1960s >> 1968 >> no-772-december-1968

Brewers & Preachers

The pro-and anti-Sunday drinking referendum that has recently taken place in Wales has been fought, on the one hand, under the guise of democracy and the freedom of the individual and. on the other, as a struggle to maintain a tradition in the face of a decline in standards and morals. One was an attempt by the brewers and those who, consciously or otherwise, supported them to change existing social habits, and the other an attempt by religious organisations (mainly Nonconformist) to maintain a way of life that has been peculiar to Wales for generations.

The sponsors of Sunday opening were without doubt headed by the brewery interests and other allied organisations. One found strange members in their camp — even religious people who claim to be supporters not only because of the ‘freedom’ involved but because they could not find any scriptural command in the list of “Thou Shalt Nots” which was anti-drink. The Rev. Cannon R. Williams of Haverford West (the Brewers’ Chaplain) was a case in point. The public hoarding adverts and nation-wide door-to-door distribution of pamphlets must have cost the brewers a fortune — a fortune they hope to recoup in the years ahead.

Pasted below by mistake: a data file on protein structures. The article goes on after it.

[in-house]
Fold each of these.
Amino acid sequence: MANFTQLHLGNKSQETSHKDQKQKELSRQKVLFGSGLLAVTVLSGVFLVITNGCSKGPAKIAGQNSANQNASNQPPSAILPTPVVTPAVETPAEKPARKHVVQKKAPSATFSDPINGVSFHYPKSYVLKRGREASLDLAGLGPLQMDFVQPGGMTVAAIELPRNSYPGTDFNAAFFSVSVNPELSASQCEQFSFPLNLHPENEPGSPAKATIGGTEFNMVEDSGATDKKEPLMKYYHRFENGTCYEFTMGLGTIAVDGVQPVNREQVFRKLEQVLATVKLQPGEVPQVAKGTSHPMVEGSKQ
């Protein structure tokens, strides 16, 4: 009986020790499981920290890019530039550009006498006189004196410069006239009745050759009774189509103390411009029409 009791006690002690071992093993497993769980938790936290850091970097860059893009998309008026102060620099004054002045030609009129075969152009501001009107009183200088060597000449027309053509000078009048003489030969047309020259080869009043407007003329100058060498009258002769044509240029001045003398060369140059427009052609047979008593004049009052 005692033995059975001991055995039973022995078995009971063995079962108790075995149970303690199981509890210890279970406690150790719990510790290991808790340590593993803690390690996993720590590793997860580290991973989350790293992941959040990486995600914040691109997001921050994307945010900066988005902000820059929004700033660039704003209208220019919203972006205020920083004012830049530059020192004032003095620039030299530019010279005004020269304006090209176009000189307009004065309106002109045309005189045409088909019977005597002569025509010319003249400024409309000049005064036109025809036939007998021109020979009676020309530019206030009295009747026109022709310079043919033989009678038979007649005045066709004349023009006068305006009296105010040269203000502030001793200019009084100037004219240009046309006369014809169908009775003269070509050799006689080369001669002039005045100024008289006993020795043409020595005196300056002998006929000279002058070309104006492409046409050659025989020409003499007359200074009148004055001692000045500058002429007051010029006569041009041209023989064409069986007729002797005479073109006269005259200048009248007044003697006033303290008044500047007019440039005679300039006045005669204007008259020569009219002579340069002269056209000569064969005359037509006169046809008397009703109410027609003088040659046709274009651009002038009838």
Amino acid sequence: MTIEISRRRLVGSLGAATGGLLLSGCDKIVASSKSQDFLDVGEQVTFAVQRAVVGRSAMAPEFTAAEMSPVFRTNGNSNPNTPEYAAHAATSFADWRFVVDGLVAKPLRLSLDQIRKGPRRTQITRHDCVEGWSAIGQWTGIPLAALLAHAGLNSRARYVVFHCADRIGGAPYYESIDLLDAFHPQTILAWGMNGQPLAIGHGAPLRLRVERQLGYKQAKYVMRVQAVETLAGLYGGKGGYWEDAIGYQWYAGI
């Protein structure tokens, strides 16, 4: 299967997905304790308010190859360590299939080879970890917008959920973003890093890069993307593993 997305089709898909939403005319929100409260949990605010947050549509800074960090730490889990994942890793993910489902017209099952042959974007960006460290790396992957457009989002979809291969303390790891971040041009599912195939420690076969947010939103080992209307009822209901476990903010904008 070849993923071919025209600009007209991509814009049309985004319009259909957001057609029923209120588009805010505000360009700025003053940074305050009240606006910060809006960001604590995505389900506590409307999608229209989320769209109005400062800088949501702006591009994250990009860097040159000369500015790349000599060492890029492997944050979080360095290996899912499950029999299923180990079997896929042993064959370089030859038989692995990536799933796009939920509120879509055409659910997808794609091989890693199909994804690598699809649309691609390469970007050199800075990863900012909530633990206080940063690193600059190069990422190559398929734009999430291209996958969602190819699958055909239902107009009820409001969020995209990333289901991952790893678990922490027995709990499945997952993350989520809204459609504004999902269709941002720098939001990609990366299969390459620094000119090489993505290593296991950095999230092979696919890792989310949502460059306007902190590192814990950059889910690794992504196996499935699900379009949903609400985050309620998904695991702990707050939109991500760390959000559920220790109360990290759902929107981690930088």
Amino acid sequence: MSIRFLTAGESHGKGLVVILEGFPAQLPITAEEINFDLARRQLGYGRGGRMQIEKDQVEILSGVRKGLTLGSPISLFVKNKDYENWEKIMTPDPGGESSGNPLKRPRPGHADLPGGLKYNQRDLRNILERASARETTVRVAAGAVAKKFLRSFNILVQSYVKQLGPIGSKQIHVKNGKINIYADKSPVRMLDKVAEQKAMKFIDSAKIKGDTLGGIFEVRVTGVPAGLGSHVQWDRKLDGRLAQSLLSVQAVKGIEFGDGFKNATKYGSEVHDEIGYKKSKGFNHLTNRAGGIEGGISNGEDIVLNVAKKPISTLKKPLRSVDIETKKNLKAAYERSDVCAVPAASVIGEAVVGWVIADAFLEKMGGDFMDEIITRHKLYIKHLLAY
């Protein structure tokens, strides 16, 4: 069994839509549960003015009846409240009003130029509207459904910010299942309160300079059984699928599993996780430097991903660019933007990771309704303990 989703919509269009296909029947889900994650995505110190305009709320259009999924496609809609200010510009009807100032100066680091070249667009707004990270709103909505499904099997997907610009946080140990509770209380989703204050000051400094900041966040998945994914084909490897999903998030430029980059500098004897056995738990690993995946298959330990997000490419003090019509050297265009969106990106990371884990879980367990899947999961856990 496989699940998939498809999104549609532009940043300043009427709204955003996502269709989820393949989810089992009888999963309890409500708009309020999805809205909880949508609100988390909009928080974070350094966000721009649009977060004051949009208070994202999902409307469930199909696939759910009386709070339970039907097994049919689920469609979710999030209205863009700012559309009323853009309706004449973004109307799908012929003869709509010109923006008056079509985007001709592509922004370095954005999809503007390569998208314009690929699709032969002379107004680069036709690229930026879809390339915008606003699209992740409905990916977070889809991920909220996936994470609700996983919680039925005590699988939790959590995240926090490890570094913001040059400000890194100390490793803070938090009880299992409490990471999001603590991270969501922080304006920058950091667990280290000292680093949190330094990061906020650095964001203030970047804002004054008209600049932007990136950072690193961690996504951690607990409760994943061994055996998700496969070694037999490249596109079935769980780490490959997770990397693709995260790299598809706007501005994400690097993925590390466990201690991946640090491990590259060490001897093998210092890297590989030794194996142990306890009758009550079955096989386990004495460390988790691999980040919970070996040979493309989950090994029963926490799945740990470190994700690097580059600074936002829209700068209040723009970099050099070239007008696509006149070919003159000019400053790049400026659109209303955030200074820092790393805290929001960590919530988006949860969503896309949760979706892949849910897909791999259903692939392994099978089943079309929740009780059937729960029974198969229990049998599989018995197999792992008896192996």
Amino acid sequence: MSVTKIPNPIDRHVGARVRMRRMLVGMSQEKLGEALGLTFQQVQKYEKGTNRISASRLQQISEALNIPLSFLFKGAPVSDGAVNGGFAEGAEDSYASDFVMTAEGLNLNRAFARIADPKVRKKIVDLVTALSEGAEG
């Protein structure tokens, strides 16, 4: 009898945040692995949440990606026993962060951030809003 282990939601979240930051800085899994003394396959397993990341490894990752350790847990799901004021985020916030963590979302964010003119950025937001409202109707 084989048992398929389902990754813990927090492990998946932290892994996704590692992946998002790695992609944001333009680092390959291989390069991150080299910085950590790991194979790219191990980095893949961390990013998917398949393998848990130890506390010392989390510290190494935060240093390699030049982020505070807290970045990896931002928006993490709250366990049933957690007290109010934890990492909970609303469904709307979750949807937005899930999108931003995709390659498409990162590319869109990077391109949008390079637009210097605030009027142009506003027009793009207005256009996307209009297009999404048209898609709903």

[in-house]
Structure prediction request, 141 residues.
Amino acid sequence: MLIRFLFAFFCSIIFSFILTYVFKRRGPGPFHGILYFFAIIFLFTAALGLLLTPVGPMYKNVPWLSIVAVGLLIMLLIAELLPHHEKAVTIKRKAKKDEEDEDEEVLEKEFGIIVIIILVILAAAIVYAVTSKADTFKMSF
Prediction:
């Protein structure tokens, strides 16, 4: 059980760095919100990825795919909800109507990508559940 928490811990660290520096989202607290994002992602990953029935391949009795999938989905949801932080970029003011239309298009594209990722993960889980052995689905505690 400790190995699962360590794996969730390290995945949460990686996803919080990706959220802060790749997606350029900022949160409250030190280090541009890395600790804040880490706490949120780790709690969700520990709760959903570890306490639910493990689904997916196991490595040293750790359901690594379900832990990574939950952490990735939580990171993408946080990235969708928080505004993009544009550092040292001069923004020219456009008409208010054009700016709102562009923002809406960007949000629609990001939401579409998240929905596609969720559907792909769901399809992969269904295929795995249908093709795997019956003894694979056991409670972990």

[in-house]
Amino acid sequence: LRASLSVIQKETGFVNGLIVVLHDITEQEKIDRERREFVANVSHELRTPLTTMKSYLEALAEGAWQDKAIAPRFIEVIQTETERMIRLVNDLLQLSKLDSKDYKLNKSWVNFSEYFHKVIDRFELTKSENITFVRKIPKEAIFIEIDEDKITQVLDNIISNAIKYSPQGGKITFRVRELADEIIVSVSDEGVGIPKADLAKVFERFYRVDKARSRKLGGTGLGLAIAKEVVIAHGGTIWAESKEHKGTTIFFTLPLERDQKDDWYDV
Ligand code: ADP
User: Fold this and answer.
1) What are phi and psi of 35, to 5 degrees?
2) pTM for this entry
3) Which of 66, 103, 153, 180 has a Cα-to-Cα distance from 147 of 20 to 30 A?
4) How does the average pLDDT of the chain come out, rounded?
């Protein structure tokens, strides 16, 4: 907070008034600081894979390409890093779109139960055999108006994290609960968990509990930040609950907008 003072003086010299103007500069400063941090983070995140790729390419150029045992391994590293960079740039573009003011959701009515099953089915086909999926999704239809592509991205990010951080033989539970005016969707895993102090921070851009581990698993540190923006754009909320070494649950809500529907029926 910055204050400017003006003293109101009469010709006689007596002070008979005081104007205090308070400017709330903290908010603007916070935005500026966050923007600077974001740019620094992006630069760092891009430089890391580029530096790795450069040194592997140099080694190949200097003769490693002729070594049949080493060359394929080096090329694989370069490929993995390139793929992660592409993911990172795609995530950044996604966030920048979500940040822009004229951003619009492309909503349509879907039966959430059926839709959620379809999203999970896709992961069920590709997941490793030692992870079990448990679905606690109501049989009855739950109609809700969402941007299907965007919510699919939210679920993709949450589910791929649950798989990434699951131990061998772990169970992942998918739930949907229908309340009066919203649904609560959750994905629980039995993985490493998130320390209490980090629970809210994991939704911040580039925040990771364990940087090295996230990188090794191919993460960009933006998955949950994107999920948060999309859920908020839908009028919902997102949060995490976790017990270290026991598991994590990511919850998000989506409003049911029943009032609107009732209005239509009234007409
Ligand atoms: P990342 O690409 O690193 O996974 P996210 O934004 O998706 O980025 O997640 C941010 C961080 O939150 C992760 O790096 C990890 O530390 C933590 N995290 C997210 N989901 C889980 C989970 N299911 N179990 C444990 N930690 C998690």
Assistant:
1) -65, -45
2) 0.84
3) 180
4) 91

Another reverend spokesman stated in the Western Mail that “the nation that loses its Sunday loses its soul”. But it is only fair to say that other, non-religious organisation have added their weight against the Sunday extension, for instance. National Life-Line (a movement similar to the Good Samaritans though primarily confined to industry) stated:

  Alcoholism is costing industry £75 millions annually . . . 250,000 men failed to turn up for work because of that ‘Monday morning feeling’.

Well, what is to the advantage of the brewing industy can be to the disadvantage of other industrialists—that’s capitalism.

It is indeed a comment on democracy in Britain that it grants ten minutes broadcasting time to the “Communist” Party, five minutes to the Welsh Nationalists and none whatsoever to the Socialist Party of Great Britain in Wales, but can spend a huge sum of money to build up a national campaign, including television and sound broadcasts, on the benefits of a Sunday pint of beer.

W. Brain